As soon as specific sections were completed they had further editorial comment to ensure cross referencing and style continuity with other sections.
Overall guidance was the responsibility of Anders Heijl and Carlo Traverso. Tribute must be made to the Task Force whose efforts made the timely publication of the new edition possible.
Chairman of the EGS Foundation
The Guidelines Writers and Contributors
Augusto Azuara Blanco
David Garway Heath
Frances Meier Gibbons
Jean Philippe Nordmann
Luis Abegao Pinto
Gordana Sunaric Megevand
Carlo Enrico Traverso
The Guidelines Task Force
Carlo Enrico Traverso
Augusto Azuara Blanco
David Garway Heath
Gordana Sunaric Mégevand
The EGS Executive Committee
Carlo Enrico Traverso (President)
Anja Tuulonen (Vice President)
Roger Hitchings (Past President)
Anton Hommer (Treasurer)
Julian Garcia Feijoo
David Garway Heath
The Board of the European Glaucoma Society Foundation
Roger Hitchings (Chair)
Carlo E. Traverso (Vice Chair)
The EGS Committees
CME and Certification
Gordana Sunaric Mégevand (Chair)
Carlo Enrico Traverso (Co-chair)
Delivery of Care
Anton Hommer (Chair)
Thierry Zeyen (Chair)
Carlo E. Traverso (Co-chair)
John Thygesen (Chair)
Fotis Topouzis (Co-chair)
Ananth Viswanathan (Chair)
Fotis Topouzis (Co-chair)
Roger Hitchings (Chair)
Ingeborg Stalmans (Chair)
Carlo E. Traverso (Co-chair)
National Society Liaison
Anders Heijl (Chair)
Fotis Topouzis (Chair)
Ingeborg Stalmans (Co-chair)
Quality and Outcomes
Anja Tuulonen (Chair)
Augusto Azuara Blanco (Co-chair)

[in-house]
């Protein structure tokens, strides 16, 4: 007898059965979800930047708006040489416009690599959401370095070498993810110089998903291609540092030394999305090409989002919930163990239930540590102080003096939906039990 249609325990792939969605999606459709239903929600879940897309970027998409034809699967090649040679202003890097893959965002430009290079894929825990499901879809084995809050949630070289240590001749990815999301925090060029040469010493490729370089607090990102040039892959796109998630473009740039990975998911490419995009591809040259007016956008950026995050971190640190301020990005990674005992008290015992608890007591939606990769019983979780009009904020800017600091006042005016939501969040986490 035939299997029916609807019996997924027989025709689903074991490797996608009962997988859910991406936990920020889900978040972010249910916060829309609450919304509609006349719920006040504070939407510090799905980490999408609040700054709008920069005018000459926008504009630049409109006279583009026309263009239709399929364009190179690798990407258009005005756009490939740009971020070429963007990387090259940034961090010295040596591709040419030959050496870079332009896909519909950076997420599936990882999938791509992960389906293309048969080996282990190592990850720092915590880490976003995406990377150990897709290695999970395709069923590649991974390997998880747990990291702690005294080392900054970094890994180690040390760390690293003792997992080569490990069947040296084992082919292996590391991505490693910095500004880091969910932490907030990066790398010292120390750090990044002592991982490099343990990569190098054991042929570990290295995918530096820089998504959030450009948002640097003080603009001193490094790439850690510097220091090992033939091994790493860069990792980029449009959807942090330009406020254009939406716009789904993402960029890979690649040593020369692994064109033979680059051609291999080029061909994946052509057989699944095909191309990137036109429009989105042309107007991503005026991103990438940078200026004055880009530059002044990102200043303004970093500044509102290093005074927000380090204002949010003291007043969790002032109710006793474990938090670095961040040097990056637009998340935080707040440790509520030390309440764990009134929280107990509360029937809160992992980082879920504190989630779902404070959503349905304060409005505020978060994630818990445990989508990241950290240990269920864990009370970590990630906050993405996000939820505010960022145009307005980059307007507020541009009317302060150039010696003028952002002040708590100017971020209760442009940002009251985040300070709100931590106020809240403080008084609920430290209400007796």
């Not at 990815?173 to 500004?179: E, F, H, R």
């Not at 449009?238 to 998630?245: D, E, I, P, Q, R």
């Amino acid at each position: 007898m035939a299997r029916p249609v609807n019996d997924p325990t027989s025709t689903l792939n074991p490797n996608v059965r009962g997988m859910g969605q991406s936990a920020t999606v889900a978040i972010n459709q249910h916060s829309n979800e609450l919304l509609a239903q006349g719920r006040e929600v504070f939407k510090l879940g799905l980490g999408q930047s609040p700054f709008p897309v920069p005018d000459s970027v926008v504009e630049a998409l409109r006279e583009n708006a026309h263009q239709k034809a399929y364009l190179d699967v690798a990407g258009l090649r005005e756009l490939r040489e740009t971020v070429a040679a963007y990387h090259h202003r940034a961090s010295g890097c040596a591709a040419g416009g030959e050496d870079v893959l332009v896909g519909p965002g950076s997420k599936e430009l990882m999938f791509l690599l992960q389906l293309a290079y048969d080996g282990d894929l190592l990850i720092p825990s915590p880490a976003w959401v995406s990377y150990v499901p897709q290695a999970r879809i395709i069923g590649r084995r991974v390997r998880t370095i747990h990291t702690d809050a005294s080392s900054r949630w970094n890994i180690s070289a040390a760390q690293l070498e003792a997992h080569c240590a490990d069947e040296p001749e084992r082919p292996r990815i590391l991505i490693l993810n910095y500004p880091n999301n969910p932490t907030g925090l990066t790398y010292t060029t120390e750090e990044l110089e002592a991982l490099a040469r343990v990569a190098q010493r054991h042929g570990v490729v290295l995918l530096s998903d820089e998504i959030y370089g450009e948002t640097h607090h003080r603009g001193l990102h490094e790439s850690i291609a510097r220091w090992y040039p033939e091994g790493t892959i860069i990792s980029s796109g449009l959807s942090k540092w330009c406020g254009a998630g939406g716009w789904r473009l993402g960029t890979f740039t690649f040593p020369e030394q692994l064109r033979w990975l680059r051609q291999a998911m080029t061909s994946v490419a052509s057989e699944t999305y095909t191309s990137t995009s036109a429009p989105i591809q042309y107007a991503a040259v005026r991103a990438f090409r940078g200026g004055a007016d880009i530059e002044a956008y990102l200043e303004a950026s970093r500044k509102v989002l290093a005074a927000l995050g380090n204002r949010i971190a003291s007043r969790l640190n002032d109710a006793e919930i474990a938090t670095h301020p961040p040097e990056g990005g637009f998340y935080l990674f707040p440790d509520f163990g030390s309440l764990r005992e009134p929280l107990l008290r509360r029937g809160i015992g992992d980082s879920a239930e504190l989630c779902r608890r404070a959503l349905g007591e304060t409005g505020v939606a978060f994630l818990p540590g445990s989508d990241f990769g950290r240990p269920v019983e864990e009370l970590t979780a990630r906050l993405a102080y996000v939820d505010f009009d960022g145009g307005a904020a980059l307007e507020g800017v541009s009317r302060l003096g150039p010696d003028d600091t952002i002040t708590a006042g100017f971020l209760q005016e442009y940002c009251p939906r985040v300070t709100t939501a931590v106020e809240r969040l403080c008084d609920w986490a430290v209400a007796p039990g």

Franz Grehn (Chair)
David Garway Heath (Co-chair)
To validate a visual ability instrument for school-aged children with visual impairment in China by translating, culturally adopting and Rasch scaling the Cardiff Visual Ability Questionnaire for Children (CVAQC).
The 25-item CVAQC was translated into Mandarin using a standard protocol. The translated version (CVAQC-CN) was subjected to cognitive testing to ensure a proper cultural adaptation of its content. Then, the CVAQC-CN was interviewer-administered to 114 school-aged children and young people with visual impairment. Rasch analysis was carried out to assess its psychometric properties. The correlation between the CVAQC-CN visual ability scores and clinical measure of vision (visual acuity; VA and contrast sensitivity, CS) were assessed using Spearman's r.
Based on cultural adaptation exercise, cognitive testing, missing data and Rasch metrics-based iterative item removal, three items were removed from the original 25. The 22-item CVAQC-CN demonstrated excellent measurement precision (person separation index, 3.08), content validity (item separation, 10.09) and item reliability (0.99). Moreover, the CVAQC-CN was unidimensional and had no item bias. The person–item map indicated good targeting of item difficulty to person ability. The CVAQC-CN had moderate correlations between CS (–0.53, p<0.00001) and VA (0.726, p<0.00001), respectively, indicating its validity.
The 22-item CVAQC-CN is a psychometrically robust and valid instrument to measure visual ability in children with visual impairment in China. The instrument can be used as a clinical and research outcome measure to assess the change in visual ability after low vision rehabilitation intervention.
Inequalities in cataract blindness are well known, but data are rarely disaggregated to explore the combined effects of a range of axes describing social disadvantage. We examined inequalities in cataract blindness and services at the intersection of three social axes.
Three dichotomous social variables (sex (male/female); place of residence (urban/rural); literacy (literate/illiterate)) from cross-sectional national blindness surveys in Pakistan (2001–2004; n=16 507) and Nigeria (2005–2007; n=13 591) were used to construct eight subgroups, with disadvantaged subgroups selected a priori (ie, women, rural dwellers, illiterate). In each data set, the social distribution of cataract blindness, cataract surgical coverage (CSC) and effective cataract surgical coverage (eCSC) were examined. Inequalities were assessed comparing the best-off and worst-off subgroups using rate differences and rate ratios (RRs). Logistic regression was used to assess cumulative effects of multiple disadvantage.